Honestly, I get really tired of Thanksgiving before it ever happens. Starting roughly last Friday for most people, but as far back as Halloween for others, you starting seeing the “I’m thankful for …” posts on Facebook and the occasional Tweet. It builds to a crescendo on or about Wednesday of this week and certainly becomes all you see online Thanksgiving morning. By the time the actual day happens, I’m bored with the meme and want something better from a content consumption perspective.

But then again, I don’t think we thank people enough. We live in a take-it-for-granted world. Whether it’s distractions or lack of time or even appreciation, we don’t stop to thank those that deserve it often enough. So I suppose I’m advocating for the thankfulness meme everyday, even though after a while that would annoy me, too.

2011 has been a watershed year for me. I published my first book and expanded my business, moved from a really good conference session speaker to a keynote speaker and began work on launching a series of events and a research product. But I did none of these things alone or without a tremendous amount of help and support along the way.

Thank You Trash...

Image by Daniel Slaughter via Flickr

For the book project, probably my favorite part was writing the acknowledgements. For the first time, I had the chance to put in bound, commercially viable print who should get thanks for helping me get where I am. Sure, I could have listed a few hundred names, but the fact that I could put some thought into thanking some folks who never got their just credit for my success was awesome.

But I wish I was conditioned to thank people every day in better ways than I do. Jess Ostroff puts up with a ton of crap from me and seldom gets thanked for it. Nichole Marshall has taken one of the more critical responsibilities on for me because I’m apparently incapable of doing it well (scheduling) and I’ve only thanked her with a couple words signing off an email. There are tons more.

Then there are some people who do things like send hand-written thank you cards after speaking events or even getting a copy of my book in the mail. Getting these thank you cards always makes me feel guilty for not sending them myself. I wish I could be more like those people in that way.

It extends to the social web as well. We don’t thank our customers nearly enough, regardless of what business we’re in. Think about it: We’re in the middle of one of the most trying economic times in recent history. If you still have a single customer coming to you and purchasing something — anything — find a way to thank them now. Go ahead. The rest of the post will wait.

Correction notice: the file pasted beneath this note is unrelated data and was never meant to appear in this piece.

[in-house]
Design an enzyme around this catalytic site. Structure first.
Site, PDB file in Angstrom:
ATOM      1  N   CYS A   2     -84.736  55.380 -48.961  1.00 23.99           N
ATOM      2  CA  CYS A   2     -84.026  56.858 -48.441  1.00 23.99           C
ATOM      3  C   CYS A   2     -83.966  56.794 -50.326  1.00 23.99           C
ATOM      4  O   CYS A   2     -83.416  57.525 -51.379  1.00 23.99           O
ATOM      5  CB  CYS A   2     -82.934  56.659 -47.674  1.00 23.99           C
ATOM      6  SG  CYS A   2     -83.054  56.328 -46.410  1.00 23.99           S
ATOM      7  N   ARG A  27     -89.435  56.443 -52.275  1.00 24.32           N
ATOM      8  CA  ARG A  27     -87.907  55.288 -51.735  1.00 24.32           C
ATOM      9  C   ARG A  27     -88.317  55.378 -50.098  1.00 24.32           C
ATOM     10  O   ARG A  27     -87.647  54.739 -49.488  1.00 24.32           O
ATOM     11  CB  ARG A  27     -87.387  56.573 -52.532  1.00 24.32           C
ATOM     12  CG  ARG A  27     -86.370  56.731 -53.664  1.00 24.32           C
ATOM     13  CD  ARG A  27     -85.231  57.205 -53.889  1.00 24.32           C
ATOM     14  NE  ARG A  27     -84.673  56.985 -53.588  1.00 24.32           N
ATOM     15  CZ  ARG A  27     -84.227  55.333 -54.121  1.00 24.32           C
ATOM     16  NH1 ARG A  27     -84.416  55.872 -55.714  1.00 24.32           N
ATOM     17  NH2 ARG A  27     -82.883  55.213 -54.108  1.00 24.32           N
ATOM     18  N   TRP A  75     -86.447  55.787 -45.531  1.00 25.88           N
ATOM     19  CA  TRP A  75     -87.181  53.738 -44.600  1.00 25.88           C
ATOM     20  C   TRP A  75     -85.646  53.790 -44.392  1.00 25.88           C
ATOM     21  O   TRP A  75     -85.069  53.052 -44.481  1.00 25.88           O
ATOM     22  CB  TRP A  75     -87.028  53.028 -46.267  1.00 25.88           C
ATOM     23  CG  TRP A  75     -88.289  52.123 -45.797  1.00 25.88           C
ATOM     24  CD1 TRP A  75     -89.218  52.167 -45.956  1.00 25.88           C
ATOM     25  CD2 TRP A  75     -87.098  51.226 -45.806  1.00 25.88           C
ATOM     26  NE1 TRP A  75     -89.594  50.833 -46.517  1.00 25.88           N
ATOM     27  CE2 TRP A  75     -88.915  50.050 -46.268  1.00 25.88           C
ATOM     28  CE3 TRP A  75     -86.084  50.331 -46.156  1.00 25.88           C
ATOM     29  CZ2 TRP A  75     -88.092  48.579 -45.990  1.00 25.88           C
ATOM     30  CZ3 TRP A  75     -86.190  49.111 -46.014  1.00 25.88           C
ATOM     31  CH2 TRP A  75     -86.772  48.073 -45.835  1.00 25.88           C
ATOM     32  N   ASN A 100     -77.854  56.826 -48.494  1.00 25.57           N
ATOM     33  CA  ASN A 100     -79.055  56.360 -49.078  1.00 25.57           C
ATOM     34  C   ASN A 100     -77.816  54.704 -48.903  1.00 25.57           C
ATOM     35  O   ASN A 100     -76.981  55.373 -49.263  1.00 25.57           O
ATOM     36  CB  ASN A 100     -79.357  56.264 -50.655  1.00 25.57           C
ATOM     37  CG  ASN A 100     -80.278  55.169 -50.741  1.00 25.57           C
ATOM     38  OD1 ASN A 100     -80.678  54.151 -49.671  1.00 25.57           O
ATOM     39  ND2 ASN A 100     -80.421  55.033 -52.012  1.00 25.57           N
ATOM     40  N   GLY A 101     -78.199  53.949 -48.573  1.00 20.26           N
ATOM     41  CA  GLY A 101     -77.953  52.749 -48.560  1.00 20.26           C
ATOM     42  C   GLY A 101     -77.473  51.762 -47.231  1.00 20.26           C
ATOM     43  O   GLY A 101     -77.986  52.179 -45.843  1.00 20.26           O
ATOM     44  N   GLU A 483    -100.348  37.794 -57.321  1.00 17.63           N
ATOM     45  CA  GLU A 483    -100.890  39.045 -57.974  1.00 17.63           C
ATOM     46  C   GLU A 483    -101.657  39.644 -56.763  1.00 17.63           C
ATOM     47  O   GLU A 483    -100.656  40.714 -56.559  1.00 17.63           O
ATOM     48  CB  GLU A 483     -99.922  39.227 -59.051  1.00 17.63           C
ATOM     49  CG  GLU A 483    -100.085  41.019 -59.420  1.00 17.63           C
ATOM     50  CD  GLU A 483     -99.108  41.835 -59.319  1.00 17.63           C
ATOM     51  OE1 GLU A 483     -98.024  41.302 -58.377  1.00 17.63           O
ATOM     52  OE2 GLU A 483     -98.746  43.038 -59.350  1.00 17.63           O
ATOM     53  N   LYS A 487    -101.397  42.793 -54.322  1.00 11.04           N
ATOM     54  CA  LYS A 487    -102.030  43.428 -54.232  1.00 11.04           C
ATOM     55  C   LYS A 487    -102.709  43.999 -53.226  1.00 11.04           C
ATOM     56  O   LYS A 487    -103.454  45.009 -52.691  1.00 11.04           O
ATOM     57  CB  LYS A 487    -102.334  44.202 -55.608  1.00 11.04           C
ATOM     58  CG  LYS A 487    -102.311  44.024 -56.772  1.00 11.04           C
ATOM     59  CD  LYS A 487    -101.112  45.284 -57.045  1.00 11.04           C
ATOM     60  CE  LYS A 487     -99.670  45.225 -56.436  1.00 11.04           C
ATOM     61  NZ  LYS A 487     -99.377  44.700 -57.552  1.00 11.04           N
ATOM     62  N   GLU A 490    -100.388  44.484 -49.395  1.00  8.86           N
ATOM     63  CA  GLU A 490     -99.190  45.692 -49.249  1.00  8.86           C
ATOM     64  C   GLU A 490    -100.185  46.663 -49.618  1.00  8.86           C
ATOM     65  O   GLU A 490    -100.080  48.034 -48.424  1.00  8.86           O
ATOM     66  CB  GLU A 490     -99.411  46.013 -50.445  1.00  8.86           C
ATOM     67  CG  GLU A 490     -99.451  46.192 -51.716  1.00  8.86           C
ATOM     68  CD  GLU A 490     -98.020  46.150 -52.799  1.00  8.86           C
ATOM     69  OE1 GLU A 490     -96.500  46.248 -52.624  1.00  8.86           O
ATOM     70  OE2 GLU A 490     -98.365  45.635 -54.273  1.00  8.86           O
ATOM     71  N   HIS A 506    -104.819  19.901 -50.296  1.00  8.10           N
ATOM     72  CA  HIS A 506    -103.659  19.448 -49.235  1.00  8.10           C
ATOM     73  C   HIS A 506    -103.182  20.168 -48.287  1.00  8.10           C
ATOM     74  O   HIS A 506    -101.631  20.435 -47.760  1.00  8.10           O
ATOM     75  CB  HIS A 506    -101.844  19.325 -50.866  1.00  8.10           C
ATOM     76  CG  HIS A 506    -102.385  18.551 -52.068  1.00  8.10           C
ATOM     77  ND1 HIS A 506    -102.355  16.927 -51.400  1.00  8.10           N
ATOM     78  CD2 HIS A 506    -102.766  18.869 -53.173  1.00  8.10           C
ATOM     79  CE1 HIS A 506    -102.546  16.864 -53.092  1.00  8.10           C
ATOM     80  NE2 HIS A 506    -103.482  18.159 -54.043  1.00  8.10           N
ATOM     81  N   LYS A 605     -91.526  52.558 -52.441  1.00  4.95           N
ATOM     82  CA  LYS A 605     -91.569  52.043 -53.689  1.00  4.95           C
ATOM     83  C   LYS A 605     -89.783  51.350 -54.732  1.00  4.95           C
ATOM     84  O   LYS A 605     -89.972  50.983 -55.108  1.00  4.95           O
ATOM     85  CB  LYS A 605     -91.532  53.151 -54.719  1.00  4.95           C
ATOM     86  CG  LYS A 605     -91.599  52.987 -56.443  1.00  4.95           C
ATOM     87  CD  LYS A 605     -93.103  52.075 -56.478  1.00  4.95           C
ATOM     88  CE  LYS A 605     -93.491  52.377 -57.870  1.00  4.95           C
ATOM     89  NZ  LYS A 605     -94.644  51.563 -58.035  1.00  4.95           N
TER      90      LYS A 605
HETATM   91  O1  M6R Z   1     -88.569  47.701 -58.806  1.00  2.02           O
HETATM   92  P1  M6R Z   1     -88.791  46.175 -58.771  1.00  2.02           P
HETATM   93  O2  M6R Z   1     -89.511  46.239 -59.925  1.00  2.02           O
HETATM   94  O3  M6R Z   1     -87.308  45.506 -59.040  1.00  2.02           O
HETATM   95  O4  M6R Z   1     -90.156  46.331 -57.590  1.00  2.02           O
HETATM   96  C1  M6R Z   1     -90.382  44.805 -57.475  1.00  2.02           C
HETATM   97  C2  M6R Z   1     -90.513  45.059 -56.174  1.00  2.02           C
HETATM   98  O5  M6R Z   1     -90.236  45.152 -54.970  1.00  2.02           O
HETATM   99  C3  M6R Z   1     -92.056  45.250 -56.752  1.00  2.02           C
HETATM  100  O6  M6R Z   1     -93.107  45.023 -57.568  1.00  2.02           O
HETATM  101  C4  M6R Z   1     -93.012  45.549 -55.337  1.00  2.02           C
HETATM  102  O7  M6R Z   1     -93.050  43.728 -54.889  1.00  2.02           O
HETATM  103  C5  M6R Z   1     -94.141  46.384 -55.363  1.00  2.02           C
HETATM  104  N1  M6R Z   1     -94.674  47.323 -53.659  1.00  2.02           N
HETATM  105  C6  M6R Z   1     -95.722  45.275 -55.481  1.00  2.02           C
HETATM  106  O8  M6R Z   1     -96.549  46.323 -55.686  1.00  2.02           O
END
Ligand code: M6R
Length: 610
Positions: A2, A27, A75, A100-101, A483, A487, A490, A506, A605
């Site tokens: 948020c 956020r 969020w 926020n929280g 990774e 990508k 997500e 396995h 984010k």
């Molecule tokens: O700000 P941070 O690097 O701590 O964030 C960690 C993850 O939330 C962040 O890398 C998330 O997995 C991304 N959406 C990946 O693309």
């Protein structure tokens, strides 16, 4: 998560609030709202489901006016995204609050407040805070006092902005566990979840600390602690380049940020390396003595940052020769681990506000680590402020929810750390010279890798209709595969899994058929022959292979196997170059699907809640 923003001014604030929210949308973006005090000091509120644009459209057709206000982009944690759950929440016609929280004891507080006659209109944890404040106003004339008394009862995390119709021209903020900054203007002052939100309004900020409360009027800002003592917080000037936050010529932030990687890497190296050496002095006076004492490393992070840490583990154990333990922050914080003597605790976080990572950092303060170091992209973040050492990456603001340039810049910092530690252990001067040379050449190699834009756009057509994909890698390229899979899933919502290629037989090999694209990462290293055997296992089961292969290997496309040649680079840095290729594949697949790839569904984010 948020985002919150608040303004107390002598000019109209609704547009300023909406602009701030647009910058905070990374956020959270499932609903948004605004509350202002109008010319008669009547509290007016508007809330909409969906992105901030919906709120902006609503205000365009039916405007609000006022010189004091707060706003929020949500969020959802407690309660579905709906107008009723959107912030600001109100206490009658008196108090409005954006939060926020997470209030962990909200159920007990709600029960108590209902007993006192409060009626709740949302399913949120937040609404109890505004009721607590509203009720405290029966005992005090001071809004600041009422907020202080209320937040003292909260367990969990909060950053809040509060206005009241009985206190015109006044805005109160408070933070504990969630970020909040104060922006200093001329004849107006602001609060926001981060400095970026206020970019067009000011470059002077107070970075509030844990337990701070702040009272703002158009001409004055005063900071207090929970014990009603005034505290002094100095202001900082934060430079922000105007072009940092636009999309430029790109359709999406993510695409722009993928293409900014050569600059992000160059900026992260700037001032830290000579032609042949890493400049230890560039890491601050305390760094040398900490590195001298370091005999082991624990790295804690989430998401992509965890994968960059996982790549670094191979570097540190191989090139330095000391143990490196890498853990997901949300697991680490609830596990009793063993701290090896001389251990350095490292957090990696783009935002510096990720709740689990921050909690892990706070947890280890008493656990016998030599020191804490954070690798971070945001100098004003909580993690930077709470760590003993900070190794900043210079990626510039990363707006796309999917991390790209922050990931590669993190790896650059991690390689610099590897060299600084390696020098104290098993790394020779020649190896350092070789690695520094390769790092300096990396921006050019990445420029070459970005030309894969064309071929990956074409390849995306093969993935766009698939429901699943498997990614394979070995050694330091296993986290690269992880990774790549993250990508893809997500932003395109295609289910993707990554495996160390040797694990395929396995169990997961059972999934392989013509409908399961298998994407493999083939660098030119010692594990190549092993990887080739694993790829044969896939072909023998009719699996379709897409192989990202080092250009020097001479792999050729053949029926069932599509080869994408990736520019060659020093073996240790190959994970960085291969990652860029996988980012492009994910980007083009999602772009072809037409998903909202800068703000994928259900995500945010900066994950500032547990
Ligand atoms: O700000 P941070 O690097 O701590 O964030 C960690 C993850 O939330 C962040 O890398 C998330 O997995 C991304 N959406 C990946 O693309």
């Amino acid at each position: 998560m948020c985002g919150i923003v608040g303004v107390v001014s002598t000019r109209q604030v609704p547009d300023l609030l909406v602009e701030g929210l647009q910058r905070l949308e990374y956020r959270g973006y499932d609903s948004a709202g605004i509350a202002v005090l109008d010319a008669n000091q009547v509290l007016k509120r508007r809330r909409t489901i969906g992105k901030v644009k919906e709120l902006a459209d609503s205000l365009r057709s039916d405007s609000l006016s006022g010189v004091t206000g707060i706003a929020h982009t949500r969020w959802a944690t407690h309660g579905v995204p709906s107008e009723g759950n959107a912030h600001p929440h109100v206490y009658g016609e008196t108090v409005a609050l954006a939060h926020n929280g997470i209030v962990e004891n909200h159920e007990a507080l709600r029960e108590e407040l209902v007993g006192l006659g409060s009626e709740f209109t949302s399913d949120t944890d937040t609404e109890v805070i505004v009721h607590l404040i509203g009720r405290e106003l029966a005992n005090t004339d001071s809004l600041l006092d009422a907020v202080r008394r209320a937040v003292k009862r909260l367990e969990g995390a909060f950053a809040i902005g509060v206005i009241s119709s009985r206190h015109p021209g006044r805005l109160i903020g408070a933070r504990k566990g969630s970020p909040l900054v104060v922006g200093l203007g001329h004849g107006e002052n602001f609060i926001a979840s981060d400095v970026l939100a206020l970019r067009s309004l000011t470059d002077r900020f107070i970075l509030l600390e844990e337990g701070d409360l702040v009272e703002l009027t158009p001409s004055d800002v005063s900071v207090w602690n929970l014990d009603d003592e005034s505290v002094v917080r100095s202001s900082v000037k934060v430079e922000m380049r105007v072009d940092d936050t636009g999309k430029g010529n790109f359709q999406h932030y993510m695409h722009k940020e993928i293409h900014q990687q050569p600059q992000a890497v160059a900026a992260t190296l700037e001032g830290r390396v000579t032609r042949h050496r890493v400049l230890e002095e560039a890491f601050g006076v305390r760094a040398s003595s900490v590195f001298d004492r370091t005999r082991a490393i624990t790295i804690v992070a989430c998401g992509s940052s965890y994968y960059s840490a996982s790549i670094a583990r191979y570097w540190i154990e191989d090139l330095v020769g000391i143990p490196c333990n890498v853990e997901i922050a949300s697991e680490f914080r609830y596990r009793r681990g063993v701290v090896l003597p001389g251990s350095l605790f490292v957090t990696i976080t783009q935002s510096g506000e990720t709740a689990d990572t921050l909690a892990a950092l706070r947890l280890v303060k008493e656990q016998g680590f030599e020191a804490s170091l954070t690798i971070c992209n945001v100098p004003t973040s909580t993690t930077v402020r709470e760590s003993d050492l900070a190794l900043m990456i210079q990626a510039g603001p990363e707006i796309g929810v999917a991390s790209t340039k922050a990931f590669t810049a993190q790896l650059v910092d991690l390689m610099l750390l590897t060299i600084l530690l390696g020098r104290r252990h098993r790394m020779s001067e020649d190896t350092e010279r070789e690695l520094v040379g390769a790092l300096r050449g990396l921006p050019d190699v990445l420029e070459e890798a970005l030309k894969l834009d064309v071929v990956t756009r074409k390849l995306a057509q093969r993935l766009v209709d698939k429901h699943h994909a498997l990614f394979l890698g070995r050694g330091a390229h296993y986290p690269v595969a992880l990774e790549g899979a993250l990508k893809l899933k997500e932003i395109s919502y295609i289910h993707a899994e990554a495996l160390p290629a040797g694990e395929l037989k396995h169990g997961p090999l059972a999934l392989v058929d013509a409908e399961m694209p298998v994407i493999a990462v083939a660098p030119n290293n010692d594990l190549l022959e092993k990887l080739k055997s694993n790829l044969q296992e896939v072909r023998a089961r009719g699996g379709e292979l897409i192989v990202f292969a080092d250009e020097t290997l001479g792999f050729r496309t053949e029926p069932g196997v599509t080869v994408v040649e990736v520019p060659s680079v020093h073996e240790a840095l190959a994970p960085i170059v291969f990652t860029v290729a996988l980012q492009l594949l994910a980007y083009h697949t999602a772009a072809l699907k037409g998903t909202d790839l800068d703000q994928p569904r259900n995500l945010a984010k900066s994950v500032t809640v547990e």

It’s a simple gesture: Saying “Thank you!” We say it several times a day to clerks and wait staff and cab drivers and delivery folks. Yet we don’t think to take a moment and say it to our parents? Our teachers? Our colleagues? Our clients? How messed up is that?

It’s sad we need a holiday to remind us to be thankful. Maybe we can do something more to remind us to say it more often.

Thank you for reading. For coming to my events. For buying my books. For recommending this blog to others. Without you, this would be a lonely website that I would get bored with eventually. Without you coming here, regularly or once, I’d probably be doing something else. And forgetting to thank folks for making it possible.

Thank you!

And have a happy Thanksgiving.

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About Jason Falls

Jason Falls

Jason Falls is a leading thinker, speaker and strategist in the world of digital marketing and is co-author of two books, No Bullshit Social Media: The All-Business, No-Hype Guide To Social Media Marketing and The Rebel's Guide To Email Marketing. By day, he leads digital strategy for Elasticity, one of the world's most innovative digital marketing and public relations firms. Follow him on Twitter (@JasonFalls).

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Comments on Social Media Explorer are open to anyone. However, I will remove any comment that is disrespectful and not in the spirit of intelligent discourse. You are welcome to leave links to content relevant to the conversation, but I reserve the right to remove it if I don't see the relevancy. Be nice, have fun. Fair?

  • http://twitter.com/TamRachel Rachel Tam

    Well said. If people are thankful for everything that have, they don’t want to wait until Thanksgiving. I agree with you, we need to show our appreciation towards people and everything we are blessed with. Great blog.  

  • http://www.blurbpoint.com/link-building-services.php Link Building Services

    If any customer favours us by buying our product then at that time , firm has to be thankful to customer and should not wait for the holiday celebration of the thanksgiving. And same as for the employee for their extra ordinary work. So this will add valued more to your firm and be more beneficial.
    And it is the common thing that be thankful at the time of the thanksgiving day as all the store and firm be thankful on this day. So what is the extra unique you have do? Think twice and from now say thanks to all people at a time when they favours us.
    Thanks for sharing with us and make all the people be aware for this thing.

  • http://www.i95dev.com Henry Louis

    Hi Jason! Well said. I agree with you.

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    I wish I can always express my gratitude to the people that have supported and loved me throughout my life. The problem with me is that, I know what I need to do and say, but for some reason I have a difficulty in making any action.

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